Tu 11/17: Stream of Southern Consciousness Assignment. View Beasts of the Southern Wild (2012) before coming to class, having completed your live-tweets. (This film is available in the Music and Media library at Woodruff. I highly recommend that you check it out and watch it in groups or access it online. Although I have not placed it on reserves, please do not check it out and keep it for a long period of time). Work on assignment and/or unit 4 papers in class via laptops.
Th 11/19: Continue film discussions. Please let me know which Class Choice text you have selected on this date. Unit 4 Paper Due vie email by Saturday 11/21 at 5pm.
Unit 5: 2005- Now: Katrina, Aftermath
Tu 11/24: Read: Zora Neale Hurston, Their Eyes Were Watching God (1937), chapter 18 only (154-167) (BB). Jesmyn Ward, Salvage the Bones (2011), first half (1-130).
Th 11/27: NO CLASS THANKSGIVING BREAK.
Read: Finish Ward (131-262).
Week 15: During Weeks 15 and 16, we will have our Atlas presentations.
Tu 12/1: Finish Ward discussion. Class Choice: Skim Nicole Cooley, Breach (2010) or Patricia Smith, Blood Dazzler (2008). Submit reviews with list of argumentative questions.
In-class: view Kara Walker, After the Deluge (2007), Chris Jordan, In Katrina’s Wake (photos).
Th 12/3: Begin Presentations.
Tu 12/8: LAST DAY of CLASS. Finish Presentations. Read: Derek Walcott, “A Sea-Chantey” (44-46) and Gone Girl, “Nick Dunne: Three Days Gone,” 103-117 (BB). Unit 5 Paper Due.
Exam Period (12/9-/12/19): Final Synthesis Papers are due no later than December 14, noon.
The following is a list of monographs and other texts that could prove useful in your final papers or for further reading. This is by no means an exhaustive list, but it could serve as a leaping off point for further inquiry and research. Throughout the semester, we will collectively add to this list as topics and issues present themselves in our discussions and your writings.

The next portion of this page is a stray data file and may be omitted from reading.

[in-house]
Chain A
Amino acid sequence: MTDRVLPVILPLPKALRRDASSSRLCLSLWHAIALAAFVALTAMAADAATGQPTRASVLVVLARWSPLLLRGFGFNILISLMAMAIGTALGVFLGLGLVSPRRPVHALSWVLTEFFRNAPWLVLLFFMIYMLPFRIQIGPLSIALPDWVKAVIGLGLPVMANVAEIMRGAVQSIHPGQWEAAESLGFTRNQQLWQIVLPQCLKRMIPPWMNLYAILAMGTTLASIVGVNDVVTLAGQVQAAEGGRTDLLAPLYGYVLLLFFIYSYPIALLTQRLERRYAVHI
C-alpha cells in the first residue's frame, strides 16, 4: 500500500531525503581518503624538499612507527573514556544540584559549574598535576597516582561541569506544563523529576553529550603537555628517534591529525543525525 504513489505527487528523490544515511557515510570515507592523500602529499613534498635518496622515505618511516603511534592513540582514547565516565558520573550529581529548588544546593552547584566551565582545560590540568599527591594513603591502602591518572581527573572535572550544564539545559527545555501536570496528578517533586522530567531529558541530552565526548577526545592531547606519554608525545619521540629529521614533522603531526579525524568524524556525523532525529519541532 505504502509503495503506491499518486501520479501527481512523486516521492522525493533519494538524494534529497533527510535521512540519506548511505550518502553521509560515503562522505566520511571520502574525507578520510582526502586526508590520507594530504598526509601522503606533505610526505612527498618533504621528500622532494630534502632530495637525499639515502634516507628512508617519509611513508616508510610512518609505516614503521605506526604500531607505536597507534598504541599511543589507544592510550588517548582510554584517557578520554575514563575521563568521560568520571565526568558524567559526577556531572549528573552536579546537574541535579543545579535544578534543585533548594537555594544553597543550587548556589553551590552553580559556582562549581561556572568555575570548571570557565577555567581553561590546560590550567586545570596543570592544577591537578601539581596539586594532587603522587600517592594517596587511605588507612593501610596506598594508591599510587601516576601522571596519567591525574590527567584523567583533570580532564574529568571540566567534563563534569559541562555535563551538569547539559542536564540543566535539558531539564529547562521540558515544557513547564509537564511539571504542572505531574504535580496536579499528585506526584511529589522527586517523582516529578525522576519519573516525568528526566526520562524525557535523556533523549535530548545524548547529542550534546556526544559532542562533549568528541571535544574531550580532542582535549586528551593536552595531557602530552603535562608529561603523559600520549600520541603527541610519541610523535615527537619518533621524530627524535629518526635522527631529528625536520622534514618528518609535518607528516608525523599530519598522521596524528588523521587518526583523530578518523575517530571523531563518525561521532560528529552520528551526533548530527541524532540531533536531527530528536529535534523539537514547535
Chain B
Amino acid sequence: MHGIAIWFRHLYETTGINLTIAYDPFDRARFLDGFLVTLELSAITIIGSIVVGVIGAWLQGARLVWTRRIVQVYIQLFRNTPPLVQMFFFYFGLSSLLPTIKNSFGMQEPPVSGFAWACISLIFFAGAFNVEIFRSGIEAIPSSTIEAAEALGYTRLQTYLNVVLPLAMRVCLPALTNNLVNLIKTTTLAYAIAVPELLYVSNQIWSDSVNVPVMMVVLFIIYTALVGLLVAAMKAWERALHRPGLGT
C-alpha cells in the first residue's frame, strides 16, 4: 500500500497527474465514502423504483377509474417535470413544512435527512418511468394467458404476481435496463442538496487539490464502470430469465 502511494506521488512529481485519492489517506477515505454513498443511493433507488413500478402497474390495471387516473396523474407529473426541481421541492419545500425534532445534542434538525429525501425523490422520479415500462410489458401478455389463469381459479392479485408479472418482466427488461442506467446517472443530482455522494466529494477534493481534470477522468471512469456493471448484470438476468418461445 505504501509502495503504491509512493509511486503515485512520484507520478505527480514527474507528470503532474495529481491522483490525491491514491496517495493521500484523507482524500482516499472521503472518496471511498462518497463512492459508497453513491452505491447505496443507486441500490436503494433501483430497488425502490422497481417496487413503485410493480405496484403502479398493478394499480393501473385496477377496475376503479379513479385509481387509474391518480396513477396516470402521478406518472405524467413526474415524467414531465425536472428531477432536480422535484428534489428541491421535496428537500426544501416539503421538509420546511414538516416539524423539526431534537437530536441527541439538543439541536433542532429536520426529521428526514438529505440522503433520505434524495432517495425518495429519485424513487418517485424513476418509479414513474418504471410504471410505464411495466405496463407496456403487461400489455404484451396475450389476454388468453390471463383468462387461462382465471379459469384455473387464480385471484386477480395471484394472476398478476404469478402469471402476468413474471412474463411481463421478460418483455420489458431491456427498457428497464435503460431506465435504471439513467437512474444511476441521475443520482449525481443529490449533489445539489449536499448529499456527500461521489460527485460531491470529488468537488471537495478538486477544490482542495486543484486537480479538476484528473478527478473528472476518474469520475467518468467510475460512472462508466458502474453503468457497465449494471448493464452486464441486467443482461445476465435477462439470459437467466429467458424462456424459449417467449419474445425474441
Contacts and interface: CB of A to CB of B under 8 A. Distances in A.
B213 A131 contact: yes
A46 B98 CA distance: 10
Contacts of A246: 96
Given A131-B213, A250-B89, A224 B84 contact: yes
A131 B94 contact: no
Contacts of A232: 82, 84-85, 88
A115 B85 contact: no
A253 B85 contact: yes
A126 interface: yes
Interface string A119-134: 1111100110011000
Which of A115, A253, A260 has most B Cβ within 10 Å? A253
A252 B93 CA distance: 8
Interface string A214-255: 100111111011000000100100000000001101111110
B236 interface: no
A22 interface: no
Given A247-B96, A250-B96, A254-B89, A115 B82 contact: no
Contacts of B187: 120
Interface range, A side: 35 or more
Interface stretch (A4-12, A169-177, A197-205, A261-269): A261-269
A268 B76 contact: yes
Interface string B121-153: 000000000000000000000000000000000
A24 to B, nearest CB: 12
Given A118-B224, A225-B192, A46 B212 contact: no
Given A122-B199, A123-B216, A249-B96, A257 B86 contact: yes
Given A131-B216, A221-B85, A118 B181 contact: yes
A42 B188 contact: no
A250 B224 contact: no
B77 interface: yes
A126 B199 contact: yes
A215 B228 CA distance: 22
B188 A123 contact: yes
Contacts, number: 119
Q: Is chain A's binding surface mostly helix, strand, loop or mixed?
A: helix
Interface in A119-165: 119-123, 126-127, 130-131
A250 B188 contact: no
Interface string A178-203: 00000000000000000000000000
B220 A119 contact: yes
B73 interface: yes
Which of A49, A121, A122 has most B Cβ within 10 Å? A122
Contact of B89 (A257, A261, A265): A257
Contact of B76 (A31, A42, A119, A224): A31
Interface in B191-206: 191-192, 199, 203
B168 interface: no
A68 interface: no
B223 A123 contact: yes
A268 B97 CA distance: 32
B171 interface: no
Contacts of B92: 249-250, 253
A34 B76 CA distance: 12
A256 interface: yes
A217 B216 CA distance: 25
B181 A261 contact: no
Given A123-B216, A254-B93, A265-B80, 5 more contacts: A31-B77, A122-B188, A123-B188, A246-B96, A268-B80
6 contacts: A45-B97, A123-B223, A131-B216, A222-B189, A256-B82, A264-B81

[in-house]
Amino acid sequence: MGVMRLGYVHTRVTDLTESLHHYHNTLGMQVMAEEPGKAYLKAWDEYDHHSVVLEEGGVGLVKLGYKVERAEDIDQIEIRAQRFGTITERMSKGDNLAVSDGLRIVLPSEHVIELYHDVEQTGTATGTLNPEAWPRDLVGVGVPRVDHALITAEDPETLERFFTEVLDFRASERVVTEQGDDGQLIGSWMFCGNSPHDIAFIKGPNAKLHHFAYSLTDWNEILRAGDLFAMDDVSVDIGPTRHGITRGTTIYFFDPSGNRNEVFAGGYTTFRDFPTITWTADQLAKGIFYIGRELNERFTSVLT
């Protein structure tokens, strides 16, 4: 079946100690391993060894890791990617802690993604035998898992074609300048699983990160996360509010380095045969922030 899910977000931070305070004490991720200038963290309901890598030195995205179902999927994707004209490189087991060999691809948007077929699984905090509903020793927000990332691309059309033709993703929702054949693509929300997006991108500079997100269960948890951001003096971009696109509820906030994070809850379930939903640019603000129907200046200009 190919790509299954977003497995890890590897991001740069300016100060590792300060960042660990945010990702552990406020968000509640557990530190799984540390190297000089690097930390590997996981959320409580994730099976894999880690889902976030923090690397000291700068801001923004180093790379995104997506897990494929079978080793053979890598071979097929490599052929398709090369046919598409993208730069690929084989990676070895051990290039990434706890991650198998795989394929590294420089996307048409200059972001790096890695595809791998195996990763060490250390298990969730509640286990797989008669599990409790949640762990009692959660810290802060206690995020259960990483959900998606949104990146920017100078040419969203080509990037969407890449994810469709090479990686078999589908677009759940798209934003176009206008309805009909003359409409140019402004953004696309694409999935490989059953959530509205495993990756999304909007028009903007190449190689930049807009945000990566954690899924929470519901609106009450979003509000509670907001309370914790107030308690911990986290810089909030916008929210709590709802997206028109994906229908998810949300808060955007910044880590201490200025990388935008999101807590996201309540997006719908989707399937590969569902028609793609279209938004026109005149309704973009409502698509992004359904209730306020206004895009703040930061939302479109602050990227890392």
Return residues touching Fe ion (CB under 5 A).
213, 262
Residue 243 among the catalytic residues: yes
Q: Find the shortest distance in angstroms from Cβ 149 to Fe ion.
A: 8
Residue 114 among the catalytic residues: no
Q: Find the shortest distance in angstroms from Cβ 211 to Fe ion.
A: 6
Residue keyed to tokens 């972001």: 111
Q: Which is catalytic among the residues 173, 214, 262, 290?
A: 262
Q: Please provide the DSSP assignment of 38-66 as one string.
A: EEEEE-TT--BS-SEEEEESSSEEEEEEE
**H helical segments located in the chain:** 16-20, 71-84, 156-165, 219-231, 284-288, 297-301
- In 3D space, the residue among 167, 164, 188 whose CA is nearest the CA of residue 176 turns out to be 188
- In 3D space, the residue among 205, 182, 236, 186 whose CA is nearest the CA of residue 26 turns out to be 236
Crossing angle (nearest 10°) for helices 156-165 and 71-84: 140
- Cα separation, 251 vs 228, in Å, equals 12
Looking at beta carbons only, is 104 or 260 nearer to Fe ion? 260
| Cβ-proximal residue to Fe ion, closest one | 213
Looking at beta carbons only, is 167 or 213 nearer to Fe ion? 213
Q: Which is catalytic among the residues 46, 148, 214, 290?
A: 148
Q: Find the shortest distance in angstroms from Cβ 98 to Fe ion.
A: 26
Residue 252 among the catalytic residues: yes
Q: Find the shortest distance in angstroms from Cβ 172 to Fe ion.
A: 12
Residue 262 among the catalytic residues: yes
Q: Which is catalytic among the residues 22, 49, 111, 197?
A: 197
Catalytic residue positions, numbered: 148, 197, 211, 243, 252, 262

John M. Barry, Rising Tide: The Great Mississippi Flood of 1927 and How it Changed America
Jon Smith and Deborah Cohn, Look Away!: The US South in New World Studies
Jon Smith, Finding Purple America: The South and the Future of American Cultural Studies
Patricia Yaeger, Dirt and Desire: Reconstructing Southern Women’s Writing, 1930-1990
Richard J. Gray, Southern Aberrations: Writers of the American South and the Problems of Regionalism
Anne Goodwyn Jones and Susan V. Donaldson, Haunted Bodies: Gender and Southern Texts
Jennifer Greeson, Our South: Geographic Fantasy and the Rise of National Literature
Michael Kreyling, Inventing Southern Literature
The South that Wasn’t There: Postsouthern Memory and History
Martyn Bone, The Postsouthern Sense of Place in Contemporary Fiction
Caroline F. Levander and Robert S. Levine, Hemispheric American Studies
Cecile Vidal, Louisiana: Crossroads of the Atlantic World